Bus

Bus

A bus is a road vehicle that carries significantly more passengers than an average car or van. It is most commonly used in public transport, but is also in use for charter purposes, or through private ownership. Although the average bus carries between 30 and 100 passengers, some buses have a capacity of up to 300 passengers. The most common type is the single-deck rigid bus, with double-decker and articulated buses carrying larger loads, and midibuses and minibuses carrying smaller loads. Coaches are used for longer-distance services. Many types of buses, such as city transit buses and inter-city coaches, charge a fare. Other types, such as elementary or secondary school buses or shuttle buses within a post-secondary education campus, are free. In many jurisdictions, bus drivers require a special large vehicle licence above and beyond a regular driving licence.

Flophouse

Flophouse

A flophouse or dosshouse is a place that offers very low-cost lodging, providing space to sleep and minimal amenities.

Fugitive

Fugitive

A fugitive is a person who is fleeing from custody, whether it be from jail, a government arrest, government or non-government questioning, vigilante violence, or outraged private individuals. A fugitive from justice, also known as a wanted person, can be a person who is either convicted or accused of a crime and hiding from law enforcement in the state or taking refuge in a different country in order to avoid arrest.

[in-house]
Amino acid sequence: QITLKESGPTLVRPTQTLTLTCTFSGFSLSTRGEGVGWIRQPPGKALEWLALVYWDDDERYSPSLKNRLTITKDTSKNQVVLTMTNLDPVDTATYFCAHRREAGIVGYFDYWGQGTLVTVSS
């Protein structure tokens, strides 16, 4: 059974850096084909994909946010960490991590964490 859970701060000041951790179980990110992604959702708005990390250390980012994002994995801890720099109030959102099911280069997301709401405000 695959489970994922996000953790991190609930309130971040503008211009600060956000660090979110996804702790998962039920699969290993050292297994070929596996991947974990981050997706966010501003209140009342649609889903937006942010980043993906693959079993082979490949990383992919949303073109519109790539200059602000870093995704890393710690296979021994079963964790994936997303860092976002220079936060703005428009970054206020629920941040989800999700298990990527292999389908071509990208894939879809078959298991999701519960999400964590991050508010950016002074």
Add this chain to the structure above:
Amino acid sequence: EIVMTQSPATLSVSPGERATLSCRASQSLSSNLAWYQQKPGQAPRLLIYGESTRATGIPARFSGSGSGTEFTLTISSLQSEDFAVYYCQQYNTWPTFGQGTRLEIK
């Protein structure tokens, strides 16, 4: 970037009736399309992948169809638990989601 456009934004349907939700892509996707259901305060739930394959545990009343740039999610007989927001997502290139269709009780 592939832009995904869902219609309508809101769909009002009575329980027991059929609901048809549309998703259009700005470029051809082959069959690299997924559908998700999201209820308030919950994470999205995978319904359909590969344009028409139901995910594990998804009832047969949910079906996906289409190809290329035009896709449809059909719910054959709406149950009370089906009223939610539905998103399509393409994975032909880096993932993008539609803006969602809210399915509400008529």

Nickname

Nickname

A nickname is a substitute for the proper name of a familiar person, place or thing. Commonly used to express affection, a form of endearment, and sometimes amusement, it can also be used to express defamation of character. As a concept, it is distinct from both pseudonym and stage name, and also from a title, although there may be overlap in these concepts.

Conventions

General

There are numerous hobo conventions throughout the United States each year. The ephemeral ways of hobo conventions are mostly dependent on the resources of their hosts. Some conventions are part of railroad conventions or "railroad days". Others are quasi-private affairs, hosted by long-time hoboes. Still others are ad hoc—that is, they are held surreptitiously on private land. Some of these conventions are held in abandoned quarries along major rivers.

Most non-mainstream conventions are held at current or historical railroad stops. The most notable is the National Hobo Convention held in Britt, Iowa. The town first hosted the Convention in 1900, but there followed a hiatus of thirty-three years. Since 1934 the convention has been held annually in Britt, on the second weekend in August.[32]

Notable persons

Notable hoboes

  • Jack Black, author of You Can't Win (1926) OCLC 238829961
  • Maurice W. Graham, a.k.a. "Steam Train Maury"
  • Joe Hill
  • Leon Ray Livingston, a.k.a. "A No.1"
  • Harry McClintock
  • Utah Phillips
  • Robert Joseph Silveria Jr., a.k.a. "Sidetrack", who killed 34 other hoboes before turning himself in to the authorities
  • T-Bone Slim
  • Bertha Thompson, a.k.a. "Boxcar Bertha", was widely believed to be a real person. Sister of the Road was penned by Ben Reitman and presented as an autobiography.
  • Jim Tully, an author who penned several pulp fiction books, 1928 through 1945.
  • Steven Gene Wold, a.k.a. "Seasick Steve"

Notables who have hoboed

Discover more about Notable persons related topics

Jack Black (author)

Jack Black (author)